JavaScript - - By M. David Green

Higher-Order Functions in JavaScript

An Introduction To Functional Javascript

One of the characteristics of JavaScript that makes it well-suited for functional programming is the fact that it can accept higher-order functions. A higher-order function is a function that can take another function as an argument, or that returns a function as a result.

First Class Functions

You may have heard it said that JavaScript treats functions as first-class citizens. What this means is that functions in JavaScript are treated as objects. They have the type Object, they can be assigned as the value of a variable, and they can be passed and returned just like any other reference variable.

This native ability gives JavaScript special powers when it comes to functional programming. Because functions are objects, the language supports a very natural approach to functional programming. In fact, it’s so natural, that I’ll bet you’ve been using it without even thinking about it.

Taking Functions as Arguments

If you’ve done much web-based JavaScript programming or front-end development, you’ve probably come across functions that use a callback. A callback is a function that gets executed at the end of an operation, once all of the other operations of been completed. Usually this callback function is passed in as the last argument in the function. Frequently, it’s defined inline as an anonymous function.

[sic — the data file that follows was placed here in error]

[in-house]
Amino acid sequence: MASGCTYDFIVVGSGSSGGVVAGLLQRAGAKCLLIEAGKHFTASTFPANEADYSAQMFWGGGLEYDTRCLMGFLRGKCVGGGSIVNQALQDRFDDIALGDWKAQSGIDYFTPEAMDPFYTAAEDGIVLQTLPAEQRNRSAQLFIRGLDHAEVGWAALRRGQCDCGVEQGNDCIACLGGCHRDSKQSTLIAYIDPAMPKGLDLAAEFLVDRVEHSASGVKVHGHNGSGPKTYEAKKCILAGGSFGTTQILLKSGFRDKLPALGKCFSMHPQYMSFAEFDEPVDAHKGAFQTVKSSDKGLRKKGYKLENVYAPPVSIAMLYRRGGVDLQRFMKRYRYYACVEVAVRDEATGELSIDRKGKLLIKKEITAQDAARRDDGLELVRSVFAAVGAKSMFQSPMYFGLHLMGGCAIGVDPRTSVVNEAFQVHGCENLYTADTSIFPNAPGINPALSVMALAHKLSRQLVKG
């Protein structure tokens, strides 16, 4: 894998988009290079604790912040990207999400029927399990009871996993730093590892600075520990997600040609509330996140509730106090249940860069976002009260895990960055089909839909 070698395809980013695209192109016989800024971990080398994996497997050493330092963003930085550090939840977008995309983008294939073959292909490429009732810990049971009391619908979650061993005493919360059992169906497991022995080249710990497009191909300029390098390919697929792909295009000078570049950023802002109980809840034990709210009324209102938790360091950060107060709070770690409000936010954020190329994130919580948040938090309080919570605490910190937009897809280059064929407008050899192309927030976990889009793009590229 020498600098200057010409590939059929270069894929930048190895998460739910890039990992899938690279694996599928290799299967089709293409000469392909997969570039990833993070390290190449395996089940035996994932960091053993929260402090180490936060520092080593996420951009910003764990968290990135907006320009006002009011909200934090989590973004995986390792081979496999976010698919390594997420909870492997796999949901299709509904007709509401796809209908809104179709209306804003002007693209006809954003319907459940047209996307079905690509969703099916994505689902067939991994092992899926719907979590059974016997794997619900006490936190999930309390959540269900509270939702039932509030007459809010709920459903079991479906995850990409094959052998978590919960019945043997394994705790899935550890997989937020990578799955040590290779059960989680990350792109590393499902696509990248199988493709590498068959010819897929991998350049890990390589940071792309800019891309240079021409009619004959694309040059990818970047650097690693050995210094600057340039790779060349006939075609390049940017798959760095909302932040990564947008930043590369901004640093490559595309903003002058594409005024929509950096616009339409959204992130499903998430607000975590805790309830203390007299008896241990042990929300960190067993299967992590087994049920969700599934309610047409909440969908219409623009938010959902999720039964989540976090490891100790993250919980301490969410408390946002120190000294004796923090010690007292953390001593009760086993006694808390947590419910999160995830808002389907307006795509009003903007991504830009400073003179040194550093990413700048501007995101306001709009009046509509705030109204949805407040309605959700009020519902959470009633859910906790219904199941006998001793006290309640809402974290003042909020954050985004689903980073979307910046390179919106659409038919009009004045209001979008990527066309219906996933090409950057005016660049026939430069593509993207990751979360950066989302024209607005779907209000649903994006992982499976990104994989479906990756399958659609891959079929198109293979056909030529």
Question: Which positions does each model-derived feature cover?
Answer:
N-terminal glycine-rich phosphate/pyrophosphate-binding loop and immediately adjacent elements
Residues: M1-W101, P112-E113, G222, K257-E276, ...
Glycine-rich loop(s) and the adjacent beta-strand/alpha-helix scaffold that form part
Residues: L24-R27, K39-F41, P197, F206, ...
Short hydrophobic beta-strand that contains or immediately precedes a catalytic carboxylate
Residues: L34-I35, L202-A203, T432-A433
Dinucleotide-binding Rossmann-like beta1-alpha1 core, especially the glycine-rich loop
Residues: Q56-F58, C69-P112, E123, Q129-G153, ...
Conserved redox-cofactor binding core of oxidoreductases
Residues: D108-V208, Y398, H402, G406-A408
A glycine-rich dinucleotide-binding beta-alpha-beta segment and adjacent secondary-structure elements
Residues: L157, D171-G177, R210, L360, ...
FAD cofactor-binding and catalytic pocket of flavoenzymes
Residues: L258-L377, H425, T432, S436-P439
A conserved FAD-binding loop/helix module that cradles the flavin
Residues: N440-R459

Since JavaScript is single-threaded, meaning that only one operation happens at a time, each operation that’s going to happen is queued along this single thread. The strategy of passing in a function to be executed after the rest of the parent function’s operations are complete is one of the basic characteristics of languages that support higher-order functions. It allows for asynchronous behavior, so a script can continue executing while waiting for a result. The ability to pass a callback function is critical when dealing with resources that may return a result after an undetermined period of time.

This is very useful in a web programming environment, where a script may send an Ajax request off to a server, and then need to handle the response whenever it arrives, with no knowledge in advance of network latency or processing time on the server. Node.js frequently uses callbacks to make the most efficient use of server resources. This approach is also useful in the case of an app that waits for user input before performing a function.

For example, consider this snippet of simple JavaScript that adds an event listener to a button.

<button id="clicker">So Clickable</button>

document.getElementById("clicker").addEventListener("click", function() {
  alert("you triggered " + this.id);
});

This script uses an anonymous inline function to display an alert. But it could just as easily have used a separately defined function, and passed that named function to the addEventListener method

var proveIt = function() {
  alert("you triggered " + this.id);
};

document.getElementById("clicker").addEventListener("click", proveIt);